High Court grants permission to challenge operation of Authority to Carry Scheme

In a ruling handed down yesterday, Mr Justice Linden has granted permission to apply for judicial review of the Home Office’s refusal of ‘authority to carry’ the claimant to the United Kingdom, which resulted in him being removed from an aircraft shortly before it departed Kabul airport in Afghanistan.  The Home Office had prevented the airline from carrying the claimant under the Authority to Carry Scheme 2015, made under the Counter Terrorism and Security Act 2015.  The claimant, D9, asserts that he is in possession of Indefinite Leave to Remain and so the 2015 Scheme cannot thwart his lawful arrival on UK territory.  The 2015 Scheme, made under subordinate legislation, would otherwise frustrate his rights as conferred by the Immigration Act 1971.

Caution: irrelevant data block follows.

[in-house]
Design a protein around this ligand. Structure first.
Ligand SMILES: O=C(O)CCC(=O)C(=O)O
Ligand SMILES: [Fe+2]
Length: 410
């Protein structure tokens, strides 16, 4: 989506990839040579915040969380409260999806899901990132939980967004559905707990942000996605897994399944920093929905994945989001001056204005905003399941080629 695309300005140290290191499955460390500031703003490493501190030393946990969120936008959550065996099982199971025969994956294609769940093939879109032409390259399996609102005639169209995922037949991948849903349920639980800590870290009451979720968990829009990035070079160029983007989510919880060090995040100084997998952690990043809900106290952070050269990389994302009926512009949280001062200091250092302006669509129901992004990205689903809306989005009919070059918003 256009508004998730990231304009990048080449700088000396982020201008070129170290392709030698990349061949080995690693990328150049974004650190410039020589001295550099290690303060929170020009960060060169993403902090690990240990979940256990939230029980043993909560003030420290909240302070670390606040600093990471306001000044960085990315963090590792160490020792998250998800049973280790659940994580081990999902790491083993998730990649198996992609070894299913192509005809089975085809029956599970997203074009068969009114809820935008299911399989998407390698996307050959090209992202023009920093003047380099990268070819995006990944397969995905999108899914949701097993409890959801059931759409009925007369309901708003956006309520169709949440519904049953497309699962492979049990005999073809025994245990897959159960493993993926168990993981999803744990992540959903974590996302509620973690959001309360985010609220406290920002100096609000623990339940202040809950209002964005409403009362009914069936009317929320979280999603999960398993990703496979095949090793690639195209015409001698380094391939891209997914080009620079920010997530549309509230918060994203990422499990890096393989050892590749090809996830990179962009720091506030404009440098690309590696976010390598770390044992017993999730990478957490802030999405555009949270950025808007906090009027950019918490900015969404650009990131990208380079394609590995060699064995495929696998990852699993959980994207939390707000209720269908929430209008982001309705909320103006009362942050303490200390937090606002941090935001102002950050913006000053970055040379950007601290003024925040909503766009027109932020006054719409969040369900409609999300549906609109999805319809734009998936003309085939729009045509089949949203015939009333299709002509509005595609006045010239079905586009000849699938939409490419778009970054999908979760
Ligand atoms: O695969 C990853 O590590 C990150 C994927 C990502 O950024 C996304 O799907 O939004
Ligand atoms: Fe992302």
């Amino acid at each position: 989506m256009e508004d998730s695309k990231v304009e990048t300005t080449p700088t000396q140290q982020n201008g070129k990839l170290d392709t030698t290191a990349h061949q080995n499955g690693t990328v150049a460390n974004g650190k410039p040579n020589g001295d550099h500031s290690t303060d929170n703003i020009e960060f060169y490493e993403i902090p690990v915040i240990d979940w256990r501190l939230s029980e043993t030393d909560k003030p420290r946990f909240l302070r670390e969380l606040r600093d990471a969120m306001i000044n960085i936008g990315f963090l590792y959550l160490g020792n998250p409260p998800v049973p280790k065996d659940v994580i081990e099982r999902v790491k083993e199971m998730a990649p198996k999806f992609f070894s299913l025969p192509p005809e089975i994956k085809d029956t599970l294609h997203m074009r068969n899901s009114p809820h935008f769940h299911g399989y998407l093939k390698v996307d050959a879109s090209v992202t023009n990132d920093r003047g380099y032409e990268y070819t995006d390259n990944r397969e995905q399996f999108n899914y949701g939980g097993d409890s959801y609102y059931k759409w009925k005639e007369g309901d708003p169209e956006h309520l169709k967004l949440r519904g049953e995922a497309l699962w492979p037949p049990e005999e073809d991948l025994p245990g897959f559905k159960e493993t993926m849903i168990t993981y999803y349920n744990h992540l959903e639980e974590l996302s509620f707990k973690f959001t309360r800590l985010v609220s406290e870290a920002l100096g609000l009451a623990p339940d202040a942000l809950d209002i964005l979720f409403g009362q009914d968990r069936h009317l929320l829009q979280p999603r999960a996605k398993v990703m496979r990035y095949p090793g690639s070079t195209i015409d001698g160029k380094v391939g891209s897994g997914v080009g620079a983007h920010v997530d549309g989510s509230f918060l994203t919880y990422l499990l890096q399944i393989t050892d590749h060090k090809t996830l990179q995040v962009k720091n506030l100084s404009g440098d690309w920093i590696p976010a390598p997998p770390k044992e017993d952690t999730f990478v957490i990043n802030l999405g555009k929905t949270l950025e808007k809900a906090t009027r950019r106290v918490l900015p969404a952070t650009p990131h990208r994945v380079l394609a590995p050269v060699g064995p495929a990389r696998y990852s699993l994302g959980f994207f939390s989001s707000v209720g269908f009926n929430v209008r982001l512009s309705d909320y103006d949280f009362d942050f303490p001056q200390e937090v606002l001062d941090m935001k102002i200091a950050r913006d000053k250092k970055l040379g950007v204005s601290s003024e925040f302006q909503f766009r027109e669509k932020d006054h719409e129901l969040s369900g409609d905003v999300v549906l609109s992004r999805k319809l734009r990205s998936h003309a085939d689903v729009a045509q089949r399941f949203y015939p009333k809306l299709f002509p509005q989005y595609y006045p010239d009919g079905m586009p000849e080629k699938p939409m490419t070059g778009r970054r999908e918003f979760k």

Mr Justice Linden also granted an application by the Secretary of State to seek to rely on secret evidence, under section 6 of the Justice and Security Act 2013, on the basis that the material was disclosable to the claimant under the Secretary of State’s duty of candour.  D9’s Special Advocate did not seek to rely on the closed material, the issues in the judicial review raising questions of statutory construction.  The Court nevertheless ruled that it would be in the interests of the fair and effective administration of justice to permit the Secretary of State to apply to rely on the secret material.

The judgment of Mr Justice Linden can be accessed here.

D9 was represented by Stephen Cragg QC and Anthony Vaughan, instructed by Fahad Ansari of Duncan Lewis.